Tag Archives: Iditarod Air Force

IditaType™ Implementation Overview



  • Rationale
  • Prerequisite Teacher Skills
  • Prerequisite Student Skills

Typing Test Data

  • Online Typing Site
  • Number of Tests
  • Length of Tests
  • Minimum Accuracy

Using Typing Test Data

  • Exporting Data
  • Preparing Data
  • Transposing Data

Creating Matched Teams

  • Microsoft Excel “Teams” Workbook
  • Using Macros to Populate Teams
  • Paste-Linked Data

Determining Rate of Progress on the Trail

  • The Rate Sheet
  • Lowest Number of Words to Nome
  • Setting the Rate

Team Rankings

  • Communicating Test and Team Outcomes to Students
  • Multi-grade Racing
  • Potential Winners
  • Teamwork Wins

Race Preparation

  • Masks and Collars
  • Dog Names
  • Musher Selection
  • Positions and Responsibilities
    • Musher
    • Lead Dog
    • Swing Dogs
    • Team Dogs
    • Wheel Dogs
    • Pilots
  • The Trail Log
  • Pilot Testing and Training
  • The Pilot Map
  • The Pilot Log Book
  • Checkpoint Research
  • Trail Research
  • Weather Research
  • Workstation Assignments
  • The Musher’s Workbook
  • The Trail Time and Resting Time Calculator
  • Practicing Team Location Plotting
  • Practicing Race Day Procedures

Race Day Procedures

  • Masks and Collars
  • Mushing Position
  • Race Marshall Briefing
  • Release of Data
  • Hard Copy Trail Log Completion
  • Return to Mushing Position
  • Race Marshal Verification
  • Release of Online Trail Log
  • Completion of Team Responsibilities
  • Return to Mushing Position for Verification of Online Trail Log and Map
  • Release of Additional Days’ Data as time allows
  • 5 Minute Debriefing at close of each class session


  • Prizes


  • Adding Photos and Videos to the Race Map
  • Comparing IditaType with actual Iditarod race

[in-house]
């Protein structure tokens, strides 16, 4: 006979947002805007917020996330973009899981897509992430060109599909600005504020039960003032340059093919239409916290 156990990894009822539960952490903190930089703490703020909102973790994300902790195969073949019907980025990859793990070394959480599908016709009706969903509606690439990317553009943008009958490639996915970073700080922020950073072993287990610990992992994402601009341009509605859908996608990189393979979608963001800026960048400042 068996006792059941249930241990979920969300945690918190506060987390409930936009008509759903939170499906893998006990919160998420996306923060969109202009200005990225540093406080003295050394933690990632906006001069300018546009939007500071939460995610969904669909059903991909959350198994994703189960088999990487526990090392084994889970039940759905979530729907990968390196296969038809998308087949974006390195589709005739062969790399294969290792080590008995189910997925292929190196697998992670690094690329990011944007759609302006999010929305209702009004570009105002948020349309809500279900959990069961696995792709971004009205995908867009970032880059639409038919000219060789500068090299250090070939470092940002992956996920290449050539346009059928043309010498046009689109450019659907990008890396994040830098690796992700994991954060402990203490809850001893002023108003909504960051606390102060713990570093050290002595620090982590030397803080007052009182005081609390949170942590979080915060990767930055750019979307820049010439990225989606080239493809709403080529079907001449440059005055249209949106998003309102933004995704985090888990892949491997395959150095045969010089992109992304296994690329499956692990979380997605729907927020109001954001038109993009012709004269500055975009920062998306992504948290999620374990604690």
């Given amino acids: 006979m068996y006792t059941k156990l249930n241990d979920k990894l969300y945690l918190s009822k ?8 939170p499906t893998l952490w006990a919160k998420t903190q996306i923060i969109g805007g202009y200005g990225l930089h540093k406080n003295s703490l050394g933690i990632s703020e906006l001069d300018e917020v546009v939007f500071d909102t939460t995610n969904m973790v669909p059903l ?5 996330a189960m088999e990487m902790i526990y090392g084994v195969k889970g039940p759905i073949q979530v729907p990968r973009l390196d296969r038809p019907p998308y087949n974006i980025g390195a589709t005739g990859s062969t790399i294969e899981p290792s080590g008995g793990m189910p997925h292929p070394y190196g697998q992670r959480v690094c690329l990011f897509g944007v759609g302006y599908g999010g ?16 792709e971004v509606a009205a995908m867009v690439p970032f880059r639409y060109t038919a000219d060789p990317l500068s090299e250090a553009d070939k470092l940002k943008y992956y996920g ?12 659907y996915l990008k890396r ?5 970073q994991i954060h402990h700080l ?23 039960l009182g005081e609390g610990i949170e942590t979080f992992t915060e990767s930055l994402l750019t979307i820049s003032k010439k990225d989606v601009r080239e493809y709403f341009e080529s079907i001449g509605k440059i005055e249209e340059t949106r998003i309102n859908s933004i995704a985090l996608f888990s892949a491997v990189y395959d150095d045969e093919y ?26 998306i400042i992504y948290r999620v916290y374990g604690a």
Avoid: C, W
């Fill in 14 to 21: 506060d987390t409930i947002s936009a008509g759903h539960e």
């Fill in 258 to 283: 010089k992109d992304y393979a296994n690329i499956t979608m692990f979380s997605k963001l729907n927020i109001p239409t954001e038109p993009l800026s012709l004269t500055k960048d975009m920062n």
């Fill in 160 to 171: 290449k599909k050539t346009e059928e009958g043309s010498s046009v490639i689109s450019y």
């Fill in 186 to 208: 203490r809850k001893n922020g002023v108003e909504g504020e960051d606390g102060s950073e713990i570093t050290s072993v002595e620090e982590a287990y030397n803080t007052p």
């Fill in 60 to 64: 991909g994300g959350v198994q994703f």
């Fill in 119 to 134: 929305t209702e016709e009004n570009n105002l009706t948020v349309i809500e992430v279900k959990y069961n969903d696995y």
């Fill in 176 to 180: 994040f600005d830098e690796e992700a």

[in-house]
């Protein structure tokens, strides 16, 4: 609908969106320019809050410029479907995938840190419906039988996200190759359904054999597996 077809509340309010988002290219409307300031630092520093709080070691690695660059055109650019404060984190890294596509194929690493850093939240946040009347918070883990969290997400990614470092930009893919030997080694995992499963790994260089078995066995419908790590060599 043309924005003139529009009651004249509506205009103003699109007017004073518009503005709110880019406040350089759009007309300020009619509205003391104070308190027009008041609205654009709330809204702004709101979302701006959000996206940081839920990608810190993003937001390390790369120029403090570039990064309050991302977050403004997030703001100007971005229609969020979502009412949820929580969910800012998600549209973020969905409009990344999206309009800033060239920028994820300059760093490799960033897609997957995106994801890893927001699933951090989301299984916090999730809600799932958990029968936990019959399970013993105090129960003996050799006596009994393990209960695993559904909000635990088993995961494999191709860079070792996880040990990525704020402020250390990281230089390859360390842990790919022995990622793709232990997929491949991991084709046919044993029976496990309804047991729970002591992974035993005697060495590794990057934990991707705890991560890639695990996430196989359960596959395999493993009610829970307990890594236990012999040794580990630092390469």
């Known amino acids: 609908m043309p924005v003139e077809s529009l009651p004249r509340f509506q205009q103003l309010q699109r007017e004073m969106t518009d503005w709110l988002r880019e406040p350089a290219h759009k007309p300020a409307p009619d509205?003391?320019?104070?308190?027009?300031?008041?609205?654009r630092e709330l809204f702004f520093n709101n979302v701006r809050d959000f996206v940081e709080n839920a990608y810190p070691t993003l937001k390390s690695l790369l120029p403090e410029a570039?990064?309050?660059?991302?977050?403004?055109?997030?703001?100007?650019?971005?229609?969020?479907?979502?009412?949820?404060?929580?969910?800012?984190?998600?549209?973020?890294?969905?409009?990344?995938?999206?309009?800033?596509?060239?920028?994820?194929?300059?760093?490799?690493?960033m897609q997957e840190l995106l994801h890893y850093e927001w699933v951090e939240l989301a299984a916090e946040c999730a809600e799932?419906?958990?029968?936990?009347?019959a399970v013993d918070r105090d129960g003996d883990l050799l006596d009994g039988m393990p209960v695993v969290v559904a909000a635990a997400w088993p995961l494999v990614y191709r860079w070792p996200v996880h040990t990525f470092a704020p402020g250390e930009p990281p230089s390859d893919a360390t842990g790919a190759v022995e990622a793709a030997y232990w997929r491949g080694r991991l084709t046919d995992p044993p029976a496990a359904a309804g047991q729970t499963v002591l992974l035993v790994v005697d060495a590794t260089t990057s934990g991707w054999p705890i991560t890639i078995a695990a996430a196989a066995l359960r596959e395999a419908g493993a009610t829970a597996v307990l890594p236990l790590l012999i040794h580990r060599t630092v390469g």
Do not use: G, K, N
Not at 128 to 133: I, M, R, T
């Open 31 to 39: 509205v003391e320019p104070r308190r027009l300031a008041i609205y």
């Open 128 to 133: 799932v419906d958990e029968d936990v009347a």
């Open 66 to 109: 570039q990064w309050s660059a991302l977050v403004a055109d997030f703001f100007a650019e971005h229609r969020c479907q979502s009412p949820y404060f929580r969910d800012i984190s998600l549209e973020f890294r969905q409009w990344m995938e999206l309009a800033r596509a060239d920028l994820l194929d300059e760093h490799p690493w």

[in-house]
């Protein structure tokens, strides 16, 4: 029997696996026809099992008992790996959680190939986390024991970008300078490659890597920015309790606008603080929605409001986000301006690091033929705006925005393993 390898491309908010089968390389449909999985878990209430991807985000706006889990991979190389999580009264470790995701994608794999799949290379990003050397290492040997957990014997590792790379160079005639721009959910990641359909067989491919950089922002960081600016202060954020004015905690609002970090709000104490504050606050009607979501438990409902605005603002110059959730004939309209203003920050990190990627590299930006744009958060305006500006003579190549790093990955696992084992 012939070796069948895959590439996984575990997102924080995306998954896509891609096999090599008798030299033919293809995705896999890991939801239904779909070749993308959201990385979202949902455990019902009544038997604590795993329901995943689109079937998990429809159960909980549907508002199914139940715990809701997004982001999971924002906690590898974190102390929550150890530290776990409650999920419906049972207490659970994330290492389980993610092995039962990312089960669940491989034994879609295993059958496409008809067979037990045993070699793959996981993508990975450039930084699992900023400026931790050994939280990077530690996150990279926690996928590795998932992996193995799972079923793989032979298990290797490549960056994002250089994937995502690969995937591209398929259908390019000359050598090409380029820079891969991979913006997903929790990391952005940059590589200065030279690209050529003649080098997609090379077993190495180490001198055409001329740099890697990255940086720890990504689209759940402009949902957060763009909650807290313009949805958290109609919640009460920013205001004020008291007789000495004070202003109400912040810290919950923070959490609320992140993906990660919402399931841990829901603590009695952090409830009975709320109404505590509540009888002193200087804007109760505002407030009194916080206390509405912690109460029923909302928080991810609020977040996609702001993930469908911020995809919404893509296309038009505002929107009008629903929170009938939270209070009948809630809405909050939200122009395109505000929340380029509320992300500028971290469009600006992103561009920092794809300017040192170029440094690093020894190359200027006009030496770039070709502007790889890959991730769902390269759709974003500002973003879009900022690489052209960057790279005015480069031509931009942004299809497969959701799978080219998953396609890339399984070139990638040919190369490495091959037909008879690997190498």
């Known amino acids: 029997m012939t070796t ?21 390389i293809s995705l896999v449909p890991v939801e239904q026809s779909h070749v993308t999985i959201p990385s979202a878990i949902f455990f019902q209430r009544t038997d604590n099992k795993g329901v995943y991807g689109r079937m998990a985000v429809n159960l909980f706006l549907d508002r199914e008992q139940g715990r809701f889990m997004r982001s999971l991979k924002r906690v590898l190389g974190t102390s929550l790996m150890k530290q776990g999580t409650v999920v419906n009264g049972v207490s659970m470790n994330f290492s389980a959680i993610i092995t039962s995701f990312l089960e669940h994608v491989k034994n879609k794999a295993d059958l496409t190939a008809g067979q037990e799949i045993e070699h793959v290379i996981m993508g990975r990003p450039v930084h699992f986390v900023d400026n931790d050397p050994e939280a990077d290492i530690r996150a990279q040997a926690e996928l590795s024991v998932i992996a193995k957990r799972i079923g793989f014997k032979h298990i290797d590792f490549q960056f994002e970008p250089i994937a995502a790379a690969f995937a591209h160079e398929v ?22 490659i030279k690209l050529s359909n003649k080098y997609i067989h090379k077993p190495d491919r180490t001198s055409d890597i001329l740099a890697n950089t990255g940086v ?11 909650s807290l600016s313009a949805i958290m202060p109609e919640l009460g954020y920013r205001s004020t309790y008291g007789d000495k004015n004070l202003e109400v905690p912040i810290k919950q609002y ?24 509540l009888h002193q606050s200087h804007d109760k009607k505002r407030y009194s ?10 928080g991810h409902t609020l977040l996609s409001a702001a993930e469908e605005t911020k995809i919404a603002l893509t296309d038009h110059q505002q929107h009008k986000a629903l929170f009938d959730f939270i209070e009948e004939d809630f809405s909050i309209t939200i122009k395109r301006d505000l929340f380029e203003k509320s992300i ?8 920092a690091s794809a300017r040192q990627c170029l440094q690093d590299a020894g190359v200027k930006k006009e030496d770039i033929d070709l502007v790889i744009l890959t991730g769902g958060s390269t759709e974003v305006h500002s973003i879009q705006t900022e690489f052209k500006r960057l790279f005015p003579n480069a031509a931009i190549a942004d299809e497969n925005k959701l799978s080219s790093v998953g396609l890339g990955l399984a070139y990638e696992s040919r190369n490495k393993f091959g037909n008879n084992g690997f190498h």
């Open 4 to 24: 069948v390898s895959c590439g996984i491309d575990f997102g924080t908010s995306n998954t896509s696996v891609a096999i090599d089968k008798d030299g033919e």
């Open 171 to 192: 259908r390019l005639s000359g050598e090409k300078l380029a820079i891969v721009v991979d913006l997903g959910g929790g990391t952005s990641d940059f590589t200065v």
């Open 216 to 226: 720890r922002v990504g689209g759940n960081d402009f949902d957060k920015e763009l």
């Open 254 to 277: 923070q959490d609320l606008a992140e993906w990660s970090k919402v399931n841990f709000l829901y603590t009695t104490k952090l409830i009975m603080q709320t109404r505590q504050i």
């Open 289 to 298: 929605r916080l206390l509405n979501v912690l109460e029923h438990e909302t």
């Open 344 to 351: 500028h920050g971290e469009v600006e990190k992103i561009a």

• Modifying IditaRead

Online Resources

  • Iditarod.com
  • Teacher on the Trail
  • Weather
  • Pilot Resources
  • Online Typing Sites
  • Cooperative Learning
  • The Official Iditarod Photographer


Idita-Type™: Google Flight Simulator and the Iditarod Air Force

Iditarod Air Force Support

Okay, so if I open up the use of Google Earth to the students, I’m seriously thinking about incorporating the Flight Simulator tool into one of the positions. The role of the Pilot will be to provide air support for the team on the ground. Read about the function and importance of the Iditarod Air Force here.

The student who qualifies for Pilot will have to demonstrate the ability to perform touch-n-go skills at one of the airstrips along the Iditarod trail, such as Nikolai in the image above.

I will have one Pilot sit in the front of the room and deliver supplies at designated airports along the trail. The forward progress must be ahead of the ability of the teams to place each day’s pins and fill out the Trail Log.

The Pilot will be responsible for posting a screenshot of the trail topography on each day’s shared Trail Log in the Food Drop section and maintaining a Flight Log Book.

Screen shot 2016-03-24 at 9.00.50 PM
Piper J3 Cub at Rohn using Google Earth browser plugin

Trail Log

Pilot Log Book

Screen shot 2016-03-15 at 12.12.13 PM
Pilot Log Book

Pilot Log Book Example



Google Earth Airport Layers

If you choose to incorporate Pilots into your teams, you can download a .KMZ layer of the airports and FAA sectionals along the trail here. If you want more detailed information from the FAA, check out these overlays:


Intermediate Skill Level Pilots

Intermediate pilots can use GEFS Online, but browser problems with the CesiumJS version and school district filters will have to be solved. The older Google Earth browser plugin through the old.gefs-online site actually has better terrain resolution for the remote sections of the Iditarod trail, but you’ll still have try different browsers for it to work right.

Screen shot 2016-03-24 at 8.10.04 PM
Old gefs-online detail entering Rainy Pass
Screen shot 2016-03-24 at 8.15.48 PM
New gefs-online entrance to Rainy Pass

Advanced Skill Level Pilots

What would really be nice would be to have X-Plane running for the students who really can fly a plane.  Here in Alaska, that’s not all that uncommon.

Screen shot 2016-03-14 at 3.49.08 PM
X-Plane Piper Super Cub Cockpit